It was 1903. It featured all the latest plumbing technology. It was a “Model House”, and it has piqued Master Plumbers heritage curator Peter Jensen’s interest.
Gary Bath talks hot-water systems.
Changes at State and Federal Government level that focus on reducing greenhouse gas emissions along with innovation in the hot water service sector have created pressure on plumbers to understand the growing number of consumer options.
A hot water system (HWS) has a usual lifespan of about 10-15 years.
So, while predicting future energy costs, is anyone’s guess and there are diminishing returns on rebates for putting power back into the grid, consumers are turning to plumbers for advice.
Unfortunately, the messaging does little to assist.
Currently, there’s a strong focus on electrification of our energy supplies.
However, it is at a time when our ability to produce an increasing volume of sustainable electricity, still has a way to go. Many in the market are also promising unrealistic returns on investment for people moving from gas to electricity without mentioning that consumers need to have solar PV or batteries to obtain the full benefit.
Some aspects of consideration don’t change. For example, the difference between changing over an existing HWS in the event of it failing as opposed to a new build, where the consumer can see the benefit in investing in a system that will provide longer-term benefits to the environment and their back pocket.
The suitability of a system that stores hot water but is slow to recover compared to an on-demand system where the use of the building - eg. holiday house - or the number of people that are using the system needs to be considered.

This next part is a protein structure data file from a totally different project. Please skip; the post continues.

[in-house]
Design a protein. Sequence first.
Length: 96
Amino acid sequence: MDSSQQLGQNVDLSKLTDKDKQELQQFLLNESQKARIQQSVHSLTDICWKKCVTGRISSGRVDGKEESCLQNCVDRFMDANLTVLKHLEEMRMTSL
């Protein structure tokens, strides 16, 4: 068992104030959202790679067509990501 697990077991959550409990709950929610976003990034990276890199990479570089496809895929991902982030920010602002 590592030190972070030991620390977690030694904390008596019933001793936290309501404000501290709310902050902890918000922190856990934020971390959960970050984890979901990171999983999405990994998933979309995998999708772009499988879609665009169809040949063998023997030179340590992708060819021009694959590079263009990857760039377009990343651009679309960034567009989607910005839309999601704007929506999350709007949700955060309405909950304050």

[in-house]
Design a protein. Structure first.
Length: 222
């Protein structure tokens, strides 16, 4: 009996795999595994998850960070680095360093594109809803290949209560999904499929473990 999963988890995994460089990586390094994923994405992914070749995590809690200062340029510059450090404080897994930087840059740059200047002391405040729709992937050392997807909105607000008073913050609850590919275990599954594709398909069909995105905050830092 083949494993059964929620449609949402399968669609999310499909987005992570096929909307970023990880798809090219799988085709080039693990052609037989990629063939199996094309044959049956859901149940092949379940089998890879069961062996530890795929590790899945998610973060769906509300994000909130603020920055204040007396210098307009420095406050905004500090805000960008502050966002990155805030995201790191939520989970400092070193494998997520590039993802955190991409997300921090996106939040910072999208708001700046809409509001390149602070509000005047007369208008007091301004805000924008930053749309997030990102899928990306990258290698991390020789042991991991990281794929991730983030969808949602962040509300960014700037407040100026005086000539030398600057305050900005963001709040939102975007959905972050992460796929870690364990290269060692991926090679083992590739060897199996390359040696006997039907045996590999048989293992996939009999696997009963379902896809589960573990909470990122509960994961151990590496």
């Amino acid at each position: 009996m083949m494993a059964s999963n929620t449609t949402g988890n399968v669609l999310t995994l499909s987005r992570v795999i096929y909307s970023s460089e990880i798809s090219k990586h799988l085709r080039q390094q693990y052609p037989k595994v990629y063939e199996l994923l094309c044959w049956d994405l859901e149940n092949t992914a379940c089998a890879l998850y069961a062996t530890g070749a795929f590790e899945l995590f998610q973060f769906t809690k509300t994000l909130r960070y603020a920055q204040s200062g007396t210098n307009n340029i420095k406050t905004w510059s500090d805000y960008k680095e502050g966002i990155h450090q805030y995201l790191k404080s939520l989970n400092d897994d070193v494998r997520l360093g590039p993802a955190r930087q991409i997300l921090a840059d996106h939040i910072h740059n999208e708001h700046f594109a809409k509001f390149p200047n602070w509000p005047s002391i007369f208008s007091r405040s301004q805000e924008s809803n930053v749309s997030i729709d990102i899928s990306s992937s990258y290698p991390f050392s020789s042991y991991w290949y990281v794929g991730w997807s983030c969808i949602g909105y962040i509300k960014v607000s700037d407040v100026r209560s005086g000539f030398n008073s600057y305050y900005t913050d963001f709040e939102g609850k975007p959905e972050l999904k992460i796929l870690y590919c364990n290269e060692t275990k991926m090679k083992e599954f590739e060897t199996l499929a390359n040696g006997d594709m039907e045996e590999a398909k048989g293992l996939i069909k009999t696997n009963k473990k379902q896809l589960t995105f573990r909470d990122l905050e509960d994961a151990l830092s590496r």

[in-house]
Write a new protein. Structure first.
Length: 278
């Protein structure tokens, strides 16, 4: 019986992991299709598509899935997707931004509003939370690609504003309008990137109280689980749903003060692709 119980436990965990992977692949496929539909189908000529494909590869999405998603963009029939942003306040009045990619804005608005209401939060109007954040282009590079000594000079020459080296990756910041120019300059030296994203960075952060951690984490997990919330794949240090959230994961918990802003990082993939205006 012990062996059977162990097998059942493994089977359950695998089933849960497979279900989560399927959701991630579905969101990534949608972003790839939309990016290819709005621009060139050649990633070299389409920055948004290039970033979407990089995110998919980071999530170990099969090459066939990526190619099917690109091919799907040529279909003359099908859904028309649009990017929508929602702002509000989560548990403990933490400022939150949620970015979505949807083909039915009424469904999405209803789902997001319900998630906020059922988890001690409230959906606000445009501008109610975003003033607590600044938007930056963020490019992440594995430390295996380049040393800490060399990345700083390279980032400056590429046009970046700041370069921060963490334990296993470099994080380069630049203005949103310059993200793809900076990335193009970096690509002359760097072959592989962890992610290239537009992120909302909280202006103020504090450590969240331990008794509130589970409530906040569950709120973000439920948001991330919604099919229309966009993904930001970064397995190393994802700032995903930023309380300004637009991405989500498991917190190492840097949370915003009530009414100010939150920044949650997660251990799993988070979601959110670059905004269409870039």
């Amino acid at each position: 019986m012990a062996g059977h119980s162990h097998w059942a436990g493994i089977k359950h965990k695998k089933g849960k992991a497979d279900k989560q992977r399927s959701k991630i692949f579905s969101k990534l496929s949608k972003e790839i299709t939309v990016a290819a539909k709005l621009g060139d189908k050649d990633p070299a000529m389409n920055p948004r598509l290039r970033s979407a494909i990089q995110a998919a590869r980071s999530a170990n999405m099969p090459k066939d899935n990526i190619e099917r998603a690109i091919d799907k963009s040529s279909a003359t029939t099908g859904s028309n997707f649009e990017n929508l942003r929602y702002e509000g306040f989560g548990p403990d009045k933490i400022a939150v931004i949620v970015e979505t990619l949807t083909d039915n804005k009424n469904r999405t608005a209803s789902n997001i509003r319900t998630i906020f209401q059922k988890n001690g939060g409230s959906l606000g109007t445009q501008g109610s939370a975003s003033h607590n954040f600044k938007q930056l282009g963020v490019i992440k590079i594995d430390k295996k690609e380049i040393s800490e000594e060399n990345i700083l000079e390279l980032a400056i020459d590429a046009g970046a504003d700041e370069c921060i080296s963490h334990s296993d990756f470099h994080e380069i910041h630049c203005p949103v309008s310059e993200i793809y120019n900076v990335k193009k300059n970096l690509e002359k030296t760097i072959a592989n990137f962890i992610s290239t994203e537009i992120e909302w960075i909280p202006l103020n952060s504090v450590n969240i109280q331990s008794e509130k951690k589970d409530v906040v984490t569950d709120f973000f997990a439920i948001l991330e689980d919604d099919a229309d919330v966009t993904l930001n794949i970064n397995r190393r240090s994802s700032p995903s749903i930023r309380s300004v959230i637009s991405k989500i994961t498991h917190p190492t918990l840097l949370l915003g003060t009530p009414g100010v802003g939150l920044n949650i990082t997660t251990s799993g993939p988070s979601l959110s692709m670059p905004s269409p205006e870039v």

Consumers also face the many rebate schemes that are promoting heat-pump, hot-water systems as the complete answer. We have heard consumers ditching working systems for a low or no-cost heat-pump system, which does not operate effectively or efficiently because of an inferior product or how and where they were installed.
A consumer who has a solar HWS boosted by a continuous flow gas HWS is most likely to be paying less for their hot water currently than most, so to change that system over to a less efficient and greater energy-cost system is a false economy.
The improvements in heat-pump HWS technology are well documented, but they do have significant limitations. In colder areas, like our southern states, the ambient temperature in winter means that these systems are not anywhere near as efficient as they can be. Physical placement of the system is a consideration. They should be exposed to a northernfacing wall and consideration should be given to potential noise, like a split-system air conditioner.
So, if these systems are to be considered, particularly in a cooler climate, they are best supported by an alternate energy system such as solar PV with a battery storage system. This option is not without costs, however, this somehow gets lost with the lure of a cheap or no-cost heat-pump system.
There is also an increased commitment at both Federal and State Government levels for alternate-gas supplies, with both Biogas and Hydrogen featuring in some recent policy papers. This points to an understanding that those states that are currently reliant on coal or gas produced electricity, need an alternative.
In the meantime, many consumers will be seeking advice on a hot water system that will meet their needs in cost, efficiency, environmental credentials and effectiveness. To that end Master Plumbers has produced information that targets consumers to inform them of the different systems that are available, what needs to be considered and what will meet their needs moving forward.